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Has the Bear Market Been a Bonanza for Active Funds? Nope.

What types of funds fared better or worse?

Editor’s note: Read the latest on how the coronavirus is rattling the markets and what investors can do to navigate it.

We recently published a piece examining the performance of active U.S. stock funds during the recent bear market. In this piece, we'll expand on that by analyzing the performance of all types of active funds amid the sell-off. We'll look at which types of funds have fared better or worse, how that compares with recent history, and what kind of payoff investors in successful active funds have enjoyed.

To summarize, about 42% of active funds beat their indexes during the bear market (Feb. 20, 2020 – March 16, 2020). That's slightly worse than the preceding rally (Dec. 24, 2018 – Feb. 19, 2020), when roughly 44% of active funds outperformed. Thus, it does not appear active funds have succeeded in greater numbers during the sell-off than they did amid the preceding rally.

Source: Morningstar.

Success rates during the bear market were highest among active funds in the commodities (90%), alternative (84%), and sector equity (60%) asset classes; they were lowest in the taxable-bond (21%), international-equity (30%), and allocation (39%) asset classes.

The average active fund lagged its index by around 0.42% during the bear market, compared with 0.72% during the preceding rally.

Source: Morningstar.

Alternatives funds beat their indexes by the widest margin during the bear market (6.89%, on average), followed by commodities (3.92%) and sector equity funds (0.86%). On the flip side, taxable-bond funds underperformed their benchmarks to the largest degree (negative 2.07% average excess return), followed by international-equity (negative 1.36%) and allocation (negative 0.47%) funds.

About two thirds of the active funds that outperformed during the bear market had lagged during the preceding rally.

Source: Morningstar.

The international-equity asset class saw the most active funds beat their indexes during both the bear market and the preceding rally (19% of such funds). Conversely, very few active taxable-bond funds outperformed during the sell-off and the rally (5%). Active alternatives funds saw the biggest turnabout from the rally (when only 8% outperformed) to the bear market (when 84% outperformed).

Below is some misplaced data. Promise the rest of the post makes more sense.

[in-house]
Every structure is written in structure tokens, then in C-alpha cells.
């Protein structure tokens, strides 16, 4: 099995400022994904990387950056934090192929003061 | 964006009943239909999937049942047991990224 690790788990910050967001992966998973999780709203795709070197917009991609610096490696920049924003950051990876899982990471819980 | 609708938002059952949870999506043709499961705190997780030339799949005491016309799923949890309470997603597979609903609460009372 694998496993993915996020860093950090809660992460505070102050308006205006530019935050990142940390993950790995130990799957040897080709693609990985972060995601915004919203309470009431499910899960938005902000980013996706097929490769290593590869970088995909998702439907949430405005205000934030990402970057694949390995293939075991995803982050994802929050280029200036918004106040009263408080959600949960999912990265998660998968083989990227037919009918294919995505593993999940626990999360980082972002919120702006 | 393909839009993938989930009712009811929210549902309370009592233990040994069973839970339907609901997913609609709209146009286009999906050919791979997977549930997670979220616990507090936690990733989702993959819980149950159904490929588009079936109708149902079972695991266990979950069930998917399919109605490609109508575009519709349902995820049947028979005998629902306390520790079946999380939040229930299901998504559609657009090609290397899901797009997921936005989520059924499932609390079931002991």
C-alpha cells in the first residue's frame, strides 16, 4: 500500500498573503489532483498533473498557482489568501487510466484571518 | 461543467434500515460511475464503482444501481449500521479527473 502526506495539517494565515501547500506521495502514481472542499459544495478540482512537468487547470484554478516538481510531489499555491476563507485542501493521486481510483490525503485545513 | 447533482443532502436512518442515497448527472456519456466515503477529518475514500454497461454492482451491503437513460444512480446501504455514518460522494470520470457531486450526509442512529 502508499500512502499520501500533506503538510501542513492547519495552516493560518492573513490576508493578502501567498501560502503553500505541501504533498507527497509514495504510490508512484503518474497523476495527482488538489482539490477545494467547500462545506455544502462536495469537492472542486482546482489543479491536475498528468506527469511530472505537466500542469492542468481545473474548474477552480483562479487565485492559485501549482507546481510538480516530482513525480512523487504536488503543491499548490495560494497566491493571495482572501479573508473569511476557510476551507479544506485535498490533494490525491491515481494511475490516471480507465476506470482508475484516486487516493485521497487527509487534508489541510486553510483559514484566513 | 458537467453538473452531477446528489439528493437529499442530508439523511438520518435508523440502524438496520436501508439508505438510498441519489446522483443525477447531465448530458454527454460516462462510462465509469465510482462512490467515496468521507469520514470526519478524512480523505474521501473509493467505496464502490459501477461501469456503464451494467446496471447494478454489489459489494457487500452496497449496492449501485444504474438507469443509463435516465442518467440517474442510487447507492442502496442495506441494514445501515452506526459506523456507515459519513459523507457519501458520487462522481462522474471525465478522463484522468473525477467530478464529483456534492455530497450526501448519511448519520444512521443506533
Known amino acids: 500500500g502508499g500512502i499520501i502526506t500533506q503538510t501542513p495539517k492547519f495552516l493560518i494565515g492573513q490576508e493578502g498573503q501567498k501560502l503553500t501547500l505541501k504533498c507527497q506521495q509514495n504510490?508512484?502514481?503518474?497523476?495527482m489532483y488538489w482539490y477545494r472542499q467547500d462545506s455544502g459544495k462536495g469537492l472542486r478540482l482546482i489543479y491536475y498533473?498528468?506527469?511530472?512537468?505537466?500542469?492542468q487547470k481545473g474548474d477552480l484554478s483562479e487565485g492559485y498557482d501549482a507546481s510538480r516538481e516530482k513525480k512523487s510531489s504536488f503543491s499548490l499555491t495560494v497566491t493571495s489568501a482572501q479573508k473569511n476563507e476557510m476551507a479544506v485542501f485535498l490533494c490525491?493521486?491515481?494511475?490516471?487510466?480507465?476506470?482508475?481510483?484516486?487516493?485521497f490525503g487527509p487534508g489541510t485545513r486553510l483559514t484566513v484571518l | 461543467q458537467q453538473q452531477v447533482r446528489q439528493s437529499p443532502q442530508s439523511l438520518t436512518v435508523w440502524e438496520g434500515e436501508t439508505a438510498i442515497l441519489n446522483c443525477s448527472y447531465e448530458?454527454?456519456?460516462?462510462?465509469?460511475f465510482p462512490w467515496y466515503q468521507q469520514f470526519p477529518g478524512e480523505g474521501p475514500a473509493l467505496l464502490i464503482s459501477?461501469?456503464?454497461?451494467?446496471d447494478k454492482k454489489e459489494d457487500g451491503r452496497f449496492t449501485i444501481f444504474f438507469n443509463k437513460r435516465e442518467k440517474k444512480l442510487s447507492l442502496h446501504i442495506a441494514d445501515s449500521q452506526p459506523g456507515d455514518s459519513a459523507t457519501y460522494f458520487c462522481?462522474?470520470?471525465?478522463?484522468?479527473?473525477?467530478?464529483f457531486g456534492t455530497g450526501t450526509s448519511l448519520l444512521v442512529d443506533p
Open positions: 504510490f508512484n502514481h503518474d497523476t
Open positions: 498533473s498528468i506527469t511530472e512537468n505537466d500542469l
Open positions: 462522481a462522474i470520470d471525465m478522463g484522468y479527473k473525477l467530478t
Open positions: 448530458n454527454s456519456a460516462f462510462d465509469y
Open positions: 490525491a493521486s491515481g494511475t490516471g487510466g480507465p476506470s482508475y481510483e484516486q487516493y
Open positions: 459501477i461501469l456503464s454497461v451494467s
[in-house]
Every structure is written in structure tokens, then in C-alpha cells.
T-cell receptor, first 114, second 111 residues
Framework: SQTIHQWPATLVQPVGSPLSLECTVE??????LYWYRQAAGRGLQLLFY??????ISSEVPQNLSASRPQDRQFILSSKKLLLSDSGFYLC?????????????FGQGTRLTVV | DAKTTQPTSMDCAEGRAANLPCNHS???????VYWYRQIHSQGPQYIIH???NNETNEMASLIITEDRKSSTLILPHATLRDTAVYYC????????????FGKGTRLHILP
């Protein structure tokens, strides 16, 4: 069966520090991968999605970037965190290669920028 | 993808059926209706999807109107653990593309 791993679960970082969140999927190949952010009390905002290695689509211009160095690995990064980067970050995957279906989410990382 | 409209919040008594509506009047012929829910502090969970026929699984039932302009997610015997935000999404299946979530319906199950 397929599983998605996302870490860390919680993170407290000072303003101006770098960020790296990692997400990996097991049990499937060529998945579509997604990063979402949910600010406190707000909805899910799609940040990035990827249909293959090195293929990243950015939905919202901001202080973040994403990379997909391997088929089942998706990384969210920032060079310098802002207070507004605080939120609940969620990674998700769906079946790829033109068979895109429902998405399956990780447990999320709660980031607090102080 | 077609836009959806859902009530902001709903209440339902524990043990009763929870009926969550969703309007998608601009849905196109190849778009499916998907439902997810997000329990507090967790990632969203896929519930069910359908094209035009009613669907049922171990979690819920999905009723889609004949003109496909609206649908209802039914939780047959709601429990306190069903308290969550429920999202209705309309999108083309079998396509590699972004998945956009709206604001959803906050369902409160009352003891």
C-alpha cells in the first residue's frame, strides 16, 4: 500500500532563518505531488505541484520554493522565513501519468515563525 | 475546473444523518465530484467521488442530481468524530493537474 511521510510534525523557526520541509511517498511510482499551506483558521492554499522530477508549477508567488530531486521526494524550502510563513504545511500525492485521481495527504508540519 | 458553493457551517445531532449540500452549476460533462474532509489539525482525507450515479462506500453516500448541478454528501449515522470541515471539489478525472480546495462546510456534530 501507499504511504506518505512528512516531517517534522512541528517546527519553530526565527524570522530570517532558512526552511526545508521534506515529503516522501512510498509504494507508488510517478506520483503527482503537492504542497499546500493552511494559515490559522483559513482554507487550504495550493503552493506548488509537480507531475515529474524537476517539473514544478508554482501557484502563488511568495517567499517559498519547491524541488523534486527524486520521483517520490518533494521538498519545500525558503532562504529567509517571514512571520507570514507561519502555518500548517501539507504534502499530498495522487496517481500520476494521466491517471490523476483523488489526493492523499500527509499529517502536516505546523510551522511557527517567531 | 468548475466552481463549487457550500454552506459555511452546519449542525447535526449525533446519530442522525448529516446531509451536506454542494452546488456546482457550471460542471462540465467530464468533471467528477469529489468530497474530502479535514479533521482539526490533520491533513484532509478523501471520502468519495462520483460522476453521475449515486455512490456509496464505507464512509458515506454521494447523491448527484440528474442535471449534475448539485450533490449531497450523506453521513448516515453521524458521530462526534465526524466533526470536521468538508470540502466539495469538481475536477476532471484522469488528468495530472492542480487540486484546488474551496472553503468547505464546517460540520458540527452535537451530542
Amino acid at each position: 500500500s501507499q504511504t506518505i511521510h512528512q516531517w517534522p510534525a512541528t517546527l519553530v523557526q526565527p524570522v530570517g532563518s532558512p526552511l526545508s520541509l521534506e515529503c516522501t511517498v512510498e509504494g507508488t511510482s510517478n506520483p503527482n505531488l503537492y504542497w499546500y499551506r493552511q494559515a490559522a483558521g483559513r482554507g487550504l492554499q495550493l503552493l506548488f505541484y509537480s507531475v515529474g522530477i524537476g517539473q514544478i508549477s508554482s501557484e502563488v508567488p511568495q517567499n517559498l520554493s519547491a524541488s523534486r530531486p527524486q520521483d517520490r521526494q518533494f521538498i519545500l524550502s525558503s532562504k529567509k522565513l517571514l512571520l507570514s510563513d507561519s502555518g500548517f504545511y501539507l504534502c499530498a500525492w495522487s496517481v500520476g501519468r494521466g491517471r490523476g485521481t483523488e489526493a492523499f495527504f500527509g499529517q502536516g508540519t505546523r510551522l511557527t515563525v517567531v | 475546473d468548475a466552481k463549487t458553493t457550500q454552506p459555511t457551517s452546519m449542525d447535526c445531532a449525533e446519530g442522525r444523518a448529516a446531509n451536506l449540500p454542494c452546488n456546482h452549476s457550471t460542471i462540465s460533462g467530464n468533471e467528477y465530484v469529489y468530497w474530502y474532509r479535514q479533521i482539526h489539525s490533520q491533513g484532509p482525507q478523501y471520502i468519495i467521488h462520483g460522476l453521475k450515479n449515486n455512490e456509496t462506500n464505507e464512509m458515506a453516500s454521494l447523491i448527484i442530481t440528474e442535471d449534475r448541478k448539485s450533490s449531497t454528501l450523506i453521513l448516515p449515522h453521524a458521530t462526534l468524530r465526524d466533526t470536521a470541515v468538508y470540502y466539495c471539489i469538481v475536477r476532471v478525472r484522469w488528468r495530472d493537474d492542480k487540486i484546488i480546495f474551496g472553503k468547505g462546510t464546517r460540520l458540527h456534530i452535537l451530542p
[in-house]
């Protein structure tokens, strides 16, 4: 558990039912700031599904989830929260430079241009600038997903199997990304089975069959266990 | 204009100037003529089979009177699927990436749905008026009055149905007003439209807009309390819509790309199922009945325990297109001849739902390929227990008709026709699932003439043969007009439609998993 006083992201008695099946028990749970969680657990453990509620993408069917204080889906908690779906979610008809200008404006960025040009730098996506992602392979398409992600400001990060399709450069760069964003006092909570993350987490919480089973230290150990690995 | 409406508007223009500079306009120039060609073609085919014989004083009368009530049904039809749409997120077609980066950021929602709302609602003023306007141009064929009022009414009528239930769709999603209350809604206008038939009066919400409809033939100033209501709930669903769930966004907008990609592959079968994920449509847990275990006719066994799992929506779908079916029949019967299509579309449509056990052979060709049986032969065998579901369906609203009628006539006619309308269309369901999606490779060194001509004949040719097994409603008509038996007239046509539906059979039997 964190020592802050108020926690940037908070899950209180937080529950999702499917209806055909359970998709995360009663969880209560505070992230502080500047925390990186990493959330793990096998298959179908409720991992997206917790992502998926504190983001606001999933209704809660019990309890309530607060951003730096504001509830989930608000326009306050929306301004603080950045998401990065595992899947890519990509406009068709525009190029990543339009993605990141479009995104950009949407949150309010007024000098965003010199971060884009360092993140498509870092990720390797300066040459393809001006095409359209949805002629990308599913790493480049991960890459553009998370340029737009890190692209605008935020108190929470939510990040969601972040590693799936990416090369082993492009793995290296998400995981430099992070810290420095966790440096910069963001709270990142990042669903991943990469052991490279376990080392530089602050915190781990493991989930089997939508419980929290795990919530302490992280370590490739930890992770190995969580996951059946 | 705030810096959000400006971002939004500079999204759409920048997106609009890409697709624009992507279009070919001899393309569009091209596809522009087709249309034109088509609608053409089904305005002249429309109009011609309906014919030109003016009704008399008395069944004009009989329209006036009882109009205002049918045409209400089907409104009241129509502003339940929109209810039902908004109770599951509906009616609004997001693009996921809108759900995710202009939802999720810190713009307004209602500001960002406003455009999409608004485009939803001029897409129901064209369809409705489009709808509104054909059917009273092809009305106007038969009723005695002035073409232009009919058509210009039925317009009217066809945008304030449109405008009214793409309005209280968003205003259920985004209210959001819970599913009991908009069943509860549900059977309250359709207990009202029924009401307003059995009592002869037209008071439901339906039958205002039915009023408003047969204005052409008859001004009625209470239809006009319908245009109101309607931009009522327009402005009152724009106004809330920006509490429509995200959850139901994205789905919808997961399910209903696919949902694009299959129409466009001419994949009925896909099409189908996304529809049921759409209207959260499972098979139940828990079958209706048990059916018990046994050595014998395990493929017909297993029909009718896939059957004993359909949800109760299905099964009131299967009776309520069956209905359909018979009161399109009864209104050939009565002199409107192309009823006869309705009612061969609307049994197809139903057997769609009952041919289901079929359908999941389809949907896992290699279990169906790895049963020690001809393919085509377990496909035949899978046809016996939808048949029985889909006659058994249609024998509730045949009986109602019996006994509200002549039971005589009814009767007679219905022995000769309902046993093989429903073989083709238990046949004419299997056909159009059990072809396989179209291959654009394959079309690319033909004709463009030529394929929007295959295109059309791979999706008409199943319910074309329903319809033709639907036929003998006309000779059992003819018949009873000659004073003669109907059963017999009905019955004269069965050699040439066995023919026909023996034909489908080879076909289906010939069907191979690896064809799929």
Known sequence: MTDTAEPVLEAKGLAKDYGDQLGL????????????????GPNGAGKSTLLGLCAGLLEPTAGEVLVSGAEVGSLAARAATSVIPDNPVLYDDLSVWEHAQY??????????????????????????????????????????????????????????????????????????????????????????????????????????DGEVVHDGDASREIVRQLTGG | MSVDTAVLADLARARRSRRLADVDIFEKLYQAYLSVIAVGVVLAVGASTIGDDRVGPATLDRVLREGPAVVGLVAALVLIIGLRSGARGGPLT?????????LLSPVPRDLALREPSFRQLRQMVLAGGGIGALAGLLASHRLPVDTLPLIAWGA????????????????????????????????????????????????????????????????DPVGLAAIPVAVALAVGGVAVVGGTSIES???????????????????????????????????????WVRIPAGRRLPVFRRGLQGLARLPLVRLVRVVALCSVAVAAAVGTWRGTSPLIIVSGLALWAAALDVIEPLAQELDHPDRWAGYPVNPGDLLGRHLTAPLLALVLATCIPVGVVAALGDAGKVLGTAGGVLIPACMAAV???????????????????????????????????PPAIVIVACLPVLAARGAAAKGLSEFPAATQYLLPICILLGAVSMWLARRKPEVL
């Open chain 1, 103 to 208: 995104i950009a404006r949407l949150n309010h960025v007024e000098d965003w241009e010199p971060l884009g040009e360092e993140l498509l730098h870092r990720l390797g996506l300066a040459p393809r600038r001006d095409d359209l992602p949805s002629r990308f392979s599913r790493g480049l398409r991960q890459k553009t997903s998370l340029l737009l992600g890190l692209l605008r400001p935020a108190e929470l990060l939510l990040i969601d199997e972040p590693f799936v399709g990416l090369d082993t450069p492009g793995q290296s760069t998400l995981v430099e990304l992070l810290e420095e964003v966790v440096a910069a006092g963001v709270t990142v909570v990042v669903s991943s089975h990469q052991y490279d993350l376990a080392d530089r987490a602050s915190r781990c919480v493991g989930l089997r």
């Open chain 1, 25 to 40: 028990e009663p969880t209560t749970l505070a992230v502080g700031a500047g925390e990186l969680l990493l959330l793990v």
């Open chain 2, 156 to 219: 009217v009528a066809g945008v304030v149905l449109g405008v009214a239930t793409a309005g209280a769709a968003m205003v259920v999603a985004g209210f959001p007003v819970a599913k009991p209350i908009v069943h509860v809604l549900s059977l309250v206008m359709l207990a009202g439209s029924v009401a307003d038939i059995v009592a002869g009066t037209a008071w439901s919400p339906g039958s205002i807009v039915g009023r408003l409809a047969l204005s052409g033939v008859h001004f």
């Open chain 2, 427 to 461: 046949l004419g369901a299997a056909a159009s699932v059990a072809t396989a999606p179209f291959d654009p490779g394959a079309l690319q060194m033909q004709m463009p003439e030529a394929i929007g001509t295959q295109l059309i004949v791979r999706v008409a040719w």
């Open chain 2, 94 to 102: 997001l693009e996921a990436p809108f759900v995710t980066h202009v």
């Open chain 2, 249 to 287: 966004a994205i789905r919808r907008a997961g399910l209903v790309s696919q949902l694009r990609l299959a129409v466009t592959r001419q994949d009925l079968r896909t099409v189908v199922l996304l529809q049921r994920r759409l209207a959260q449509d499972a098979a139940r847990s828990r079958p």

Source: Morningstar Analysts.

Among funds that beat their indexes in the bear market but not the preceding rally, the average fund outperformed by around 3.93% during the sell-off. Yet, that average fund lagged its benchmark by more than 600 basis points, per year, during the preceding rally. Taken together, this left the average bear-market outperformer lagging its index over the full Dec. 24, 2018 - March 16, 2020 period.

 Source: Morningstar.

By contrast, funds that beat their indexes during the rally but lagged in the recent sell-off essentially matched their indexes over the full period, on average.

Turning to individual peer groups, here are the 10 Morningstar Categories that had the highest success rates during the bear-market sell-off. Funds in the long-short equity category beat their indexes en masse largely because they're not fully exposed to the equity market like the S&P 500 is. (This also explains why these funds largely underperformed during the recent rally.) Similarly, because multialternative and tactical-allocation funds tend to invest less in stocks than their benchmarks, most of those funds outperformed amid the equity pullback as well.

 Source: Morningstar.

And here are the 10 Morningstar Categories where active funds had the least success. As a general rule, the more that risk portfolio managers entered the bear market with, the more their funds were punished. That principle certainly seems relevant to the categories below; many of them are homogeneous fixed-income peer groups whose indexes are loaded with high-grade, interest-rate sensitive bonds. That largely explains why active funds failed in large numbers in these cases.

Source: Morningstar.